2. Case Presentation

A 48-year-old woman with relapsing-remitting MS (RRMS) was switched after 6 months of treatment with interferon-1b to NTZ in May 2008 due to ongoing clinical and paraclinical disease activity including multiple Gadolinium enhancing brain lesions detected with MRI.

At that point, the Expanded Disability Status Scale Score (EDSS) was 5.5.

We did not observe any evidence of clinical or MRI disease activity during NTZ treatment, and the EDSS subsequently decreased to 2.5.

Figure 1 chronologically summarizes all paraclinical findings including MRI results and treatment decisions.

In January 2015, NTZ was discontinued after a total of 86 infusions on the background of seroconversion to positive JCV serum antibodies (STRATIFY, Unilabs, Geneva, Switzerland), indicating an increased PML risk. Anti-JCV antibody index was not available at that time.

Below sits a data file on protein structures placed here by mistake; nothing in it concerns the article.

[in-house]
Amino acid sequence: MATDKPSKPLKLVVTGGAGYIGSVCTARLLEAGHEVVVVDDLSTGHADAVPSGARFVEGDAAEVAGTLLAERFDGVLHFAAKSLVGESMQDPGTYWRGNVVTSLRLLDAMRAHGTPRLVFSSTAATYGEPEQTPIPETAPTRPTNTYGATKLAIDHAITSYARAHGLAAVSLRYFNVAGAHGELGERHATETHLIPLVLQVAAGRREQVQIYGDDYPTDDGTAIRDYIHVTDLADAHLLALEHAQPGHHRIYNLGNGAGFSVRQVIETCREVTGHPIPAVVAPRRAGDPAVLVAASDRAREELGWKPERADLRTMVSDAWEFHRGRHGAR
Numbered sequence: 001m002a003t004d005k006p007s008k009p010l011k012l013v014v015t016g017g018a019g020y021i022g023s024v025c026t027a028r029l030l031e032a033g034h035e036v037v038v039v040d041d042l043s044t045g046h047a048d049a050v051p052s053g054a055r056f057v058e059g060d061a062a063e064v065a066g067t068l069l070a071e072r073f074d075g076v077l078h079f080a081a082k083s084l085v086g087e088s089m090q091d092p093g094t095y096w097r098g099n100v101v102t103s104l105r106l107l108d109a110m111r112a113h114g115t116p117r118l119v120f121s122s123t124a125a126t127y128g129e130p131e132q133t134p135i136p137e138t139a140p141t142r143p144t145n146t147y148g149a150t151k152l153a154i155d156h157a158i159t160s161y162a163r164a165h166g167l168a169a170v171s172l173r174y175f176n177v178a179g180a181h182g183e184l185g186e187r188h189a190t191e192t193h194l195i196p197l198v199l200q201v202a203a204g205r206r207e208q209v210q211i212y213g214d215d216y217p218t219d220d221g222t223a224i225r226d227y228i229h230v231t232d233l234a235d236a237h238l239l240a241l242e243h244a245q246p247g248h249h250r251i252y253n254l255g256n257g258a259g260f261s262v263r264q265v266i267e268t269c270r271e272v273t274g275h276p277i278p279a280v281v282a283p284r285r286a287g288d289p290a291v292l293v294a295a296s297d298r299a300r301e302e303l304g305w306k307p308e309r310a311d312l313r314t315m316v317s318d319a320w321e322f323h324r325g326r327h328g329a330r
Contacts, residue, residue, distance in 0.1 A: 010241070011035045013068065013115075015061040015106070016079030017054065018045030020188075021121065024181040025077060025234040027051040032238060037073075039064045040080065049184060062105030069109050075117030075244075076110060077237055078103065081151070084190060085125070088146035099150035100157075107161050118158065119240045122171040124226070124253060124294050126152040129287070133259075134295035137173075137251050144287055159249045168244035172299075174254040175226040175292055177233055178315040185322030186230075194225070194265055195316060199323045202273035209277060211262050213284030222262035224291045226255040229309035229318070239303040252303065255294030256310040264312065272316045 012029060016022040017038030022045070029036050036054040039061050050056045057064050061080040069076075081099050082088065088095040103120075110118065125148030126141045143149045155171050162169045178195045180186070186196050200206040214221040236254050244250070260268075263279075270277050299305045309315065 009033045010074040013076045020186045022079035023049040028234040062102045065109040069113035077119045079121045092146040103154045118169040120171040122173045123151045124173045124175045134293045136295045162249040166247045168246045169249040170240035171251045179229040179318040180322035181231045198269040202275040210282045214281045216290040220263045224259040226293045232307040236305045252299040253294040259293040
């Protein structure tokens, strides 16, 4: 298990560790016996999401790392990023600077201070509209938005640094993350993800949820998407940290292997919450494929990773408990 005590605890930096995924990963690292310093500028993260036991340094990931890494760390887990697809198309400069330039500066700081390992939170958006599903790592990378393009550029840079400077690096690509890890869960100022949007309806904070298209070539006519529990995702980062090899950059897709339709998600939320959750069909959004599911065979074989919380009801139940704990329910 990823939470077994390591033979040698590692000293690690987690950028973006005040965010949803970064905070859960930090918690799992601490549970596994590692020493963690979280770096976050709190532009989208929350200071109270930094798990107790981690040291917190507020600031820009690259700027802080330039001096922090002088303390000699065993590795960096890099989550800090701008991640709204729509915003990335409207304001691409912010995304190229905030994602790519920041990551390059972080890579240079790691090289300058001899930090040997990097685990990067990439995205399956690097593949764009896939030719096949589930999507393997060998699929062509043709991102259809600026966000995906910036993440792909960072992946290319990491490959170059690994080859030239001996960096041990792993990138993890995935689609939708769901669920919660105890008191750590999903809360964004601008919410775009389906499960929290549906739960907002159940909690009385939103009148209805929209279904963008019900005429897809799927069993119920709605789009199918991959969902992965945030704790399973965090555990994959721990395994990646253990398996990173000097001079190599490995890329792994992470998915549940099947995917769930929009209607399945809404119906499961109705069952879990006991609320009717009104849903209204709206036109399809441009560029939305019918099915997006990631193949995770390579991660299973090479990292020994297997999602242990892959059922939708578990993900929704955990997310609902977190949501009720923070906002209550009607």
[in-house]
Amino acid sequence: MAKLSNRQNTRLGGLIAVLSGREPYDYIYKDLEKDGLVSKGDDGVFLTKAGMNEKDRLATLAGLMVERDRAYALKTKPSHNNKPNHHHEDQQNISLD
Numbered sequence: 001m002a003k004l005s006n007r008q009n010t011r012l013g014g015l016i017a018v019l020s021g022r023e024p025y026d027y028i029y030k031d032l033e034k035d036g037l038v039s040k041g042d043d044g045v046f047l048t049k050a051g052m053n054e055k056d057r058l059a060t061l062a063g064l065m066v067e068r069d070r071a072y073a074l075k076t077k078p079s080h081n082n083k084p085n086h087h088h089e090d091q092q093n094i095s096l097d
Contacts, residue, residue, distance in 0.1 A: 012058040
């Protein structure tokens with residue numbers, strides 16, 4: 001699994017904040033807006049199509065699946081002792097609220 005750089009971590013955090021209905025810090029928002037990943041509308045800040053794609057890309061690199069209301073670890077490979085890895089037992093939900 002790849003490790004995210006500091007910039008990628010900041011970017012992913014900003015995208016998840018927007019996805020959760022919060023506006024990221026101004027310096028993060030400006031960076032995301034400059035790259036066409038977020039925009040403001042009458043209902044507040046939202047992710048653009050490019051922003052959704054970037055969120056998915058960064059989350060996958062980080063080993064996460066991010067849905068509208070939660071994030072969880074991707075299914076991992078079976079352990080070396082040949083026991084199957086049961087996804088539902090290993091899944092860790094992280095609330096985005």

After a wash-out period of 2 months, fingolimod was started on the 18th of March 2015. Previous brain MRI (February 2015) did not show any signs of PML.

Three weeks later (10th April 2015), routine brain MRI at 1.5 T revealed PML-suspicious bifrontal confluent lesions with (sub)cortical involvement. Moreover, multiple milky-way-like Gadolinium enhancing and T2 weighted (T2w) hyperintense punctate lesions were detected by MRI in these areas (Figure 1). In addition, perilesional contrast enhancement around confluent PML-suspicious lesions suggestive of IRIS was detectable (Figure 2). Diffusion weighted MRI did not show intralesional hyperdiffusivity nor signs of restricted diffusion at the edge of the lesions (Figure 3); both of which are considered to be typical of PML [14].